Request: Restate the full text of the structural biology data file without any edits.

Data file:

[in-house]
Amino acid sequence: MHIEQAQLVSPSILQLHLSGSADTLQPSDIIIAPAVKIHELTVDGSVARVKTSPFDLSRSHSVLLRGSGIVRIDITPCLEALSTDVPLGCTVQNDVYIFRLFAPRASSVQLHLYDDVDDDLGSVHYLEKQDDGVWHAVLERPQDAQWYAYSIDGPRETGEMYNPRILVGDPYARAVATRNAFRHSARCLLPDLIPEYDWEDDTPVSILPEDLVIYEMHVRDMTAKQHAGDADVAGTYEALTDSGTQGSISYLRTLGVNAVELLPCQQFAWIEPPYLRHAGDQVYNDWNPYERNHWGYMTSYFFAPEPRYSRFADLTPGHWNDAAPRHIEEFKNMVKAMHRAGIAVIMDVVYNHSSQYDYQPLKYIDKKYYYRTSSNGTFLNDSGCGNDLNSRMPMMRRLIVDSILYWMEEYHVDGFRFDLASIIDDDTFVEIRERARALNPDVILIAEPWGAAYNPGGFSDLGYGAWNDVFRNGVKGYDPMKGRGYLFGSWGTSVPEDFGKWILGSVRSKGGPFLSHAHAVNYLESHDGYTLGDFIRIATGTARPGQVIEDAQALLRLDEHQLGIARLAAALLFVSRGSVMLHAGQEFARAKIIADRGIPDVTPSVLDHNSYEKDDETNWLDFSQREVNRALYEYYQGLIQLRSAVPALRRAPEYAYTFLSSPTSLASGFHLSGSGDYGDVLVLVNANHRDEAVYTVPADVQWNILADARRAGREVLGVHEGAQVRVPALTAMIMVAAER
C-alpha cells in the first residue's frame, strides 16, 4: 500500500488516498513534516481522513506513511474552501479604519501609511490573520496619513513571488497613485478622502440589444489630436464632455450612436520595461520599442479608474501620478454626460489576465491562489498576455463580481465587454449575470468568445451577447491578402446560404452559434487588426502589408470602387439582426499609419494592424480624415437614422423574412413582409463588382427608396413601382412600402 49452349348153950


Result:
[in-house]
Amino acid sequence: MHIEQAQLVSPSILQLHLSGSADTLQPSDIIIAPAVKIHELTVDGSVARVKTSPFDLSRSHSVLLRGSGIVRIDITPCLEALSTDVPLGCTVQNDVYIFRLFAPRASSVQLHLYDDVDDDLGSVHYLEKQDDGVWHAVLERPQDAQWYAYSIDGPRETGEMYNPRILVGDPYARAVATRNAFRHSARCLLPDLIPEYDWEDDTPVSILPEDLVIYEMHVRDMTAKQHAGDADVAGTYEALTDSGTQGSISYLRTLGVNAVELLPCQQFAWIEPPYLRHAGDQVYNDWNPYERNHWGYMTSYFFAPEPRYSRFADLTPGHWNDAAPRHIEEFKNMVKAMHRAGIAVIMDVVYNHSSQYDYQPLKYIDKKYYYRTSSNGTFLNDSGCGNDLNSRMPMMRRLIVDSILYWMEEYHVDGFRFDLASIIDDDTFVEIRERARALNPDVILIAEPWGAAYNPGGFSDLGYGAWNDVFRNGVKGYDPMKGRGYLFGSWGTSVPEDFGKWILGSVRSKGGPFLSHAHAVNYLESHDGYTLGDFIRIATGTARPGQVIEDAQALLRLDEHQLGIARLAAALLFVSRGSVMLHAGQEFARAKIIADRGIPDVTPSVLDHNSYEKDDETNWLDFSQREVNRALYEYYQGLIQLRSAVPALRRAPEYAYTFLSSPTSLASGFHLSGSGDYGDVLVLVNANHRDEAVYTVPADVQWNILADARRAGREVLGVHEGAQVRVPALTAMIMVAAER
C-alpha cells in the first residue's frame, strides 16, 4: 500500500488516498513534516481522513506513511474552501479604519501609511490573520496619513513571488497613485478622502440589444489630436464632455450612436520595461520599442479608474501620478454626460489576465491562489498576455463580481465587454449575470468568445451577447491578402446560404452559434487588426502589408470602387439582426499609419494592424480624415437614422423574412413582409463588382427608396413601382412600402 49452349348153950